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Heat storm entering 3rd day
PG&E asks power users to conserve; air quality dips
Kayakers stay cool at the McHenry Recreation Area on the Stanislaus River a few miles east of Ripon. - photo by HIME ROMERO

The South County is now in its third of at least five consecutive 100-degree plus days.

Elsewhere in the San Joaquin Valley the National Weather Service is forecasting readings as high as 112 degrees today. It has prompted the issuance of an excessive heat watch for the San Joaquin Valley. The heat watch is in effect from this afternoon through Sunday evening for Mariposa, Merced, Madera, and Fresno, Kings, Tulare and Kern counties

People are being urged to drink plenty of water, check on elderly family members, stay indoors and minimize physical activity in those seven counties as well as San Joaquin and Stanislaus counties as well.

The San Joaquin Valley Air Pollution Control District is warning air quality in San Joaquin County and the rest of the northern SJ Valley today will be unhealthy for sensitive groups engaging in physical activity. For the Fresno area and Sequoia National Park the air quality is expected to be unhealthy for all people.

“We refer to situations like this as a heat storm,” noted PG&E spokesperson Nicole Leibelt.

The utility had much of it service territory inundated with 100 degree plus temperatures Wednesday and Thursday. They expect the situation to remain the same through Sunday.

The official high Thursday in Manteca as recorded at the weather service’s Civic Center station was 104 degrees.

They are asking people to conserve power whenever possible between 11 a.m. and 6 p.m. to reduce the potential for problems. Today is expected to be the most critical day since power loads shift on Saturday and Sunday when the majority of major employers such as factories and offices are closed.

On Thursday statewide demand for power peaked at 45,324 kilowatt hours to whittle the cushion of available power down to less than 5,000 kilowatt hours. While there was adequate electricity, PG&E’s concern is that long-term sustained high demand works their equipment harder increasing the changes for something to go wrong.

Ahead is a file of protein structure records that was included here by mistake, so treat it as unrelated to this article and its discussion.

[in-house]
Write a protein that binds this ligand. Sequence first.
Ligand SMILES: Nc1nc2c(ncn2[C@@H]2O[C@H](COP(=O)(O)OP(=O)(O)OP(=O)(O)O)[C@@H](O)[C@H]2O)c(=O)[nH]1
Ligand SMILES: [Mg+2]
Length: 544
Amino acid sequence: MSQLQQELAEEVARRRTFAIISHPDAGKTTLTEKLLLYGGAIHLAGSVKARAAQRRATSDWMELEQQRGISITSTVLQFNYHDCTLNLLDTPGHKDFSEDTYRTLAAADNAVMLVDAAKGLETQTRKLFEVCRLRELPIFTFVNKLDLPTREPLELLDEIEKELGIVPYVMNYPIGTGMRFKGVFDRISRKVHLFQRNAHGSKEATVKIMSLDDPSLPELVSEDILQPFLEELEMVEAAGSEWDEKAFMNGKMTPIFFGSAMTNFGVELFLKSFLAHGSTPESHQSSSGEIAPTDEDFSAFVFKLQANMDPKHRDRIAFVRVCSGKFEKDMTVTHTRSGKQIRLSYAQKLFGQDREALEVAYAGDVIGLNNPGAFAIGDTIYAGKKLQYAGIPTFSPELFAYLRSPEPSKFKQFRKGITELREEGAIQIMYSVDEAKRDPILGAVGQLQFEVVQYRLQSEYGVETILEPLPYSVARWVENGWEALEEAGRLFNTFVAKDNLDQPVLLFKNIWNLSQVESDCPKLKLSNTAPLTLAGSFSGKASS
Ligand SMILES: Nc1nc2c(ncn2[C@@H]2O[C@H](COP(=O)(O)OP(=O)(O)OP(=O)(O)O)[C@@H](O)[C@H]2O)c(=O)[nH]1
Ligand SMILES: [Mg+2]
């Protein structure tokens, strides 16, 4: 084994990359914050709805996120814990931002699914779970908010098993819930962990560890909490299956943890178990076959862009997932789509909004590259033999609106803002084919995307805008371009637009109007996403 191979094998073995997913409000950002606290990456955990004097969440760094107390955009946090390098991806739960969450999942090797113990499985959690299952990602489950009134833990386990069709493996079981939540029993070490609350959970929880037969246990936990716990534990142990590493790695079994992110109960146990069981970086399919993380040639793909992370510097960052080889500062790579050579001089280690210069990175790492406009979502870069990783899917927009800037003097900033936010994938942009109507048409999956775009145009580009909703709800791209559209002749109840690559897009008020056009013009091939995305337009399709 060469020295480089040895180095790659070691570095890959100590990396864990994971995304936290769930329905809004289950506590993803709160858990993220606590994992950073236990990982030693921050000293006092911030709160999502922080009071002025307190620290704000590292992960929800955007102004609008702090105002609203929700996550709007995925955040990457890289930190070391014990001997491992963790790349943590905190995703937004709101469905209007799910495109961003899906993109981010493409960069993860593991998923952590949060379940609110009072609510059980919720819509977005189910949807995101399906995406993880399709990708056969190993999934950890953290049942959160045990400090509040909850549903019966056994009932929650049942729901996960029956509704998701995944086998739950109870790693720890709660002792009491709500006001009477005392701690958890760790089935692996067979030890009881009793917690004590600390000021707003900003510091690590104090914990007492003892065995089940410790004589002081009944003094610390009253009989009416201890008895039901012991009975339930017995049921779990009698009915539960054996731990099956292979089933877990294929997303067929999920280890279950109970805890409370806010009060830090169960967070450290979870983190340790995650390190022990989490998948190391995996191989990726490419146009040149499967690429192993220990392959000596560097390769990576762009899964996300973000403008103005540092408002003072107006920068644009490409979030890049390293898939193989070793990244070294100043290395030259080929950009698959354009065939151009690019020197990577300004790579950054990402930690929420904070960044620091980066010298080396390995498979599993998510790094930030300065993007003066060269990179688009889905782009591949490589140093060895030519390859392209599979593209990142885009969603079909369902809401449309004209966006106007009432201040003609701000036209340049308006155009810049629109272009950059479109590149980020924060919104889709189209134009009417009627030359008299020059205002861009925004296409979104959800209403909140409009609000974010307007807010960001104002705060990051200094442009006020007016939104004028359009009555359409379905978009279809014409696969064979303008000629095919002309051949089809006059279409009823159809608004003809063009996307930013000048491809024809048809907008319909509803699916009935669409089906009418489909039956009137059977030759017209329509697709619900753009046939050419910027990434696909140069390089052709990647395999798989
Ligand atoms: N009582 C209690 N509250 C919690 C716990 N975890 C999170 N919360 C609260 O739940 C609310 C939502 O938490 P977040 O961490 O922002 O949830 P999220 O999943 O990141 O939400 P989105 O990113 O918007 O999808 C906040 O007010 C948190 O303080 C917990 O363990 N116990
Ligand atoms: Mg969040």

“It is like running your car’s engine for three or so days straight at 100 mph,” noted PG&E’s Jeff Smith who is based out of Fresno.

By cutting back on use especially during peak hours, pressure can be taken off the power supply and distribution system time to reduce the chances of problems developing. Liebelt noted that accidents such as the one that took out several power poles in Manteca last week, have a ripple effect during heat storms. That’s because heavy loads reduces the ability of PG&E to reroute electricity deliveries to customers. That in turn prolongs power outrages tied to every day mishaps.

Among recommended energy conservation tips from PG&E are to:

• Set your air conditioner thermostat to 78 degrees or higher when you’re at home, health permitting, and 85 degrees when you’re away.

• Setting your AC thermostat 5 degrees higher will save about 10 percent on cooling costs.

• Shut windows and draw the shades to keep in pre-cooled air from the night and early morning.

• Have your central cooling duct system checked for leaks. Up to 20 percent of cooled air can be lost through leaky or poorly insulated ducts.

• Buy an Energy Star air conditioner if your air conditioner is ready to be replaced. It can reduce energy usage by up to 10 percent.

• Avoid using an electric oven on hot days. Instead, cook on the stove, use a microwave oven, or grill outside.